Contributors

Agent

Created

Date Created
2020

158338-Thumbnail Image.png

Simultaneous Material Microstructure Classification and Discovery using Acoustic Emission Signals

Description

Acoustic emission (AE) signals have been widely employed for tracking material properties and structural characteristics. In this study, the aim is to analyze the AE signals gathered during a scanning probe lithography process to classify the known microstructure types and

Acoustic emission (AE) signals have been widely employed for tracking material properties and structural characteristics. In this study, the aim is to analyze the AE signals gathered during a scanning probe lithography process to classify the known microstructure types and discover unknown surface microstructures/anomalies. To achieve this, a Hidden Markov Model is developed to consider the temporal dependency of the high-resolution AE data. Furthermore, the posterior classification probability and the negative likelihood score for microstructure classification and discovery are computed. Subsequently, a diagnostic procedure to identify the dominant AE frequencies that were used to track the microstructural characteristics is presented. In addition, machine learning methods such as KNN, Naive Bayes, and Logistic Regression classifiers are applied. Finally, the proposed approach applied to identify the surface microstructures of additively manufactured Ti-6Al-4V and show that it not only achieved a high classification accuracy (e.g., more than 90\%) but also correctly identified the microstructural anomalies that may be subjected to further investigation to discover new material phases/properties.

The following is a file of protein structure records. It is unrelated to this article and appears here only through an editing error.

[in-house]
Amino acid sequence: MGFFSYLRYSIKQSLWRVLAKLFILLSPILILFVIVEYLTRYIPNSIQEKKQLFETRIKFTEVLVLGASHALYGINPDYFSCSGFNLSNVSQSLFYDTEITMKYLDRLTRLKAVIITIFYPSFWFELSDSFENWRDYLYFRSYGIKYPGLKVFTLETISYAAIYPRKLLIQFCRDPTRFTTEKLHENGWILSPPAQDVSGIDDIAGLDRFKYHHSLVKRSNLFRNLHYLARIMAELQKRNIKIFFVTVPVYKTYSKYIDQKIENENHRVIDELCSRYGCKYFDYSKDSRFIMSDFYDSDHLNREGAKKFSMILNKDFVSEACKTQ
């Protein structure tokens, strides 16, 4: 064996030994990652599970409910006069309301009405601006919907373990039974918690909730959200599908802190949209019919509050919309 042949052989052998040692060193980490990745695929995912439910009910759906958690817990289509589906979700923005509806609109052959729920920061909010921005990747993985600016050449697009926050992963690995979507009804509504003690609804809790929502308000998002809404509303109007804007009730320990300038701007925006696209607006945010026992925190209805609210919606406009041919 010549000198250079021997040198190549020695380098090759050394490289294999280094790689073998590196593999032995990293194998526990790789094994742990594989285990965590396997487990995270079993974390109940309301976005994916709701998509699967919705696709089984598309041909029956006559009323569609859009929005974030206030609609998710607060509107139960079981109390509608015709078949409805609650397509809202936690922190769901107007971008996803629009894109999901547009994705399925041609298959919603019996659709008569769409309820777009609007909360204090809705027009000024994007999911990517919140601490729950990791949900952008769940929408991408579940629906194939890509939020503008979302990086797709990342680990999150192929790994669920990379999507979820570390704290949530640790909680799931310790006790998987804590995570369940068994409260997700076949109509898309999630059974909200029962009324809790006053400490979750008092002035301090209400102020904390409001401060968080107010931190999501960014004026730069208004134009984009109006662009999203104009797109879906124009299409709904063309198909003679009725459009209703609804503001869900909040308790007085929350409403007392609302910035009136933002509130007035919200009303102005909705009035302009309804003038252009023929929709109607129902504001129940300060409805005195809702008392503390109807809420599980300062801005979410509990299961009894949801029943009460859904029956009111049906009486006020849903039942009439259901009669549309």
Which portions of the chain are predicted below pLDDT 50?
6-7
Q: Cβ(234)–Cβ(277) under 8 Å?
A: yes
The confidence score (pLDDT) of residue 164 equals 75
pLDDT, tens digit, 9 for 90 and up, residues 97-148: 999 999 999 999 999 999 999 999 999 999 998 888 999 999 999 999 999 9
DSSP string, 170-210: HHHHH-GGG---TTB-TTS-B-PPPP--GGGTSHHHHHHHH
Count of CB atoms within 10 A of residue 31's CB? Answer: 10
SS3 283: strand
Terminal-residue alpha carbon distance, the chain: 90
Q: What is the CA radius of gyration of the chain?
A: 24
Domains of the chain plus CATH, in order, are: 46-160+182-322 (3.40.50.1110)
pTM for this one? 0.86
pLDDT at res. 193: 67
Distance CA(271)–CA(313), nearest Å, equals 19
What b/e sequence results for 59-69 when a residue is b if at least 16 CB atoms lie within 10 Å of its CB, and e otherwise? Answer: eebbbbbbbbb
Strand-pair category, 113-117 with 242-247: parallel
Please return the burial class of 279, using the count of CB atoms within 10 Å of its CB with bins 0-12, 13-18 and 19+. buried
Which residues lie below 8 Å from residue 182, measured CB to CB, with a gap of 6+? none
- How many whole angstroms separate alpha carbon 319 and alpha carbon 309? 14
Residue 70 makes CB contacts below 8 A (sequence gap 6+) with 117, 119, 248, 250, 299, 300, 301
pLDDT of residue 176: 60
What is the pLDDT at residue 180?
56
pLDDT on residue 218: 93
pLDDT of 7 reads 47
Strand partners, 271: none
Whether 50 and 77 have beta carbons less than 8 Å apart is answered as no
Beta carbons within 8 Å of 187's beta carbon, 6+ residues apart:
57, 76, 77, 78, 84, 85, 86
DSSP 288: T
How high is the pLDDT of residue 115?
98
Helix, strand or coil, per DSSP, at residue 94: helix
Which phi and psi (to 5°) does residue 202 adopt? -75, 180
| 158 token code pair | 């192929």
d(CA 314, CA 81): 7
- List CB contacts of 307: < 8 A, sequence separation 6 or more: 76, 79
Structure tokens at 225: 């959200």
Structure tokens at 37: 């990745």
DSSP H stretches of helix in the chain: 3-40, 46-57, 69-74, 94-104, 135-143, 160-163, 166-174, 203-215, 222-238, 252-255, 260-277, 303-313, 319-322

Contributors

Agent

Created

Date Created
2020

158484-Thumbnail Image.png

Cancer Invasion in Time and Space

Description

Cancer is a disease involving abnormal growth of cells. Its growth dynamics is perplexing. Mathematical modeling is a way to shed light on this progress and its medical treatments. This dissertation is to study cancer invasion in time and space

Cancer is a disease involving abnormal growth of cells. Its growth dynamics is perplexing. Mathematical modeling is a way to shed light on this progress and its medical treatments. This dissertation is to study cancer invasion in time and space using a mathematical approach. Chapter 1 presents a detailed review of literature on cancer modeling.